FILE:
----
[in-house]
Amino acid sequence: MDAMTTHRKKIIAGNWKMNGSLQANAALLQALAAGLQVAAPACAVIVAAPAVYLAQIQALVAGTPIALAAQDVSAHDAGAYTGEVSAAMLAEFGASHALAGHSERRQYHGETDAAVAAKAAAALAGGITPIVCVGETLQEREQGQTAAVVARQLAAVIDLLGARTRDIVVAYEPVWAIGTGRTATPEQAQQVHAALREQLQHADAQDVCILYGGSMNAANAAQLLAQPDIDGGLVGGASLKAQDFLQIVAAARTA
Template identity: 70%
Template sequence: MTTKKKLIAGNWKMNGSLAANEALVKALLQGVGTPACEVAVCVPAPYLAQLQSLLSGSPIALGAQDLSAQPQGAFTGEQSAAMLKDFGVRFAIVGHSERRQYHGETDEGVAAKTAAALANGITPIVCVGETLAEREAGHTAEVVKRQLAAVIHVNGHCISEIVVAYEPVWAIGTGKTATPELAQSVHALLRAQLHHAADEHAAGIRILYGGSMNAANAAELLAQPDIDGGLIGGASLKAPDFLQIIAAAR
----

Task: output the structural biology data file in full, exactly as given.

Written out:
[in-house]
Amino acid sequence: MDAMTTHRKKIIAGNWKMNGSLQANAALLQALAAGLQVAAPACAVIVAAPAVYLAQIQALVAGTPIALAAQDVSAHDAGAYTGEVSAAMLAEFGASHALAGHSERRQYHGETDAAVAAKAAAALAGGITPIVCVGETLQEREQGQTAAVVARQLAAVIDLLGARTRDIVVAYEPVWAIGTGRTATPEQAQQVHAALREQLQHADAQDVCILYGGSMNAANAAQLLAQPDIDGGLVGGASLKAQDFLQIVAAARTA
Template identity: 70%
Template sequence: MTTKKKLIAGNWKMNGSLAANEALVKALLQGVGTPACEVAVCVPAPYLAQLQSLLSGSPIALGAQDLSAQPQGAFTGEQSAAMLKDFGVRFAIVGHSERRQYHGETDEGVAAKTAAALANGITPIVCVGETLAEREAGHTAEVVKRQLAAVIHVNGHCISEIVVAYEPVWAIGTGKTATPELAQSVHALLRAQLHHAADEHAAGIRILYGGSMNAANAAELLAQPDIDGGLIGGASLKAPDFLQIIAAAR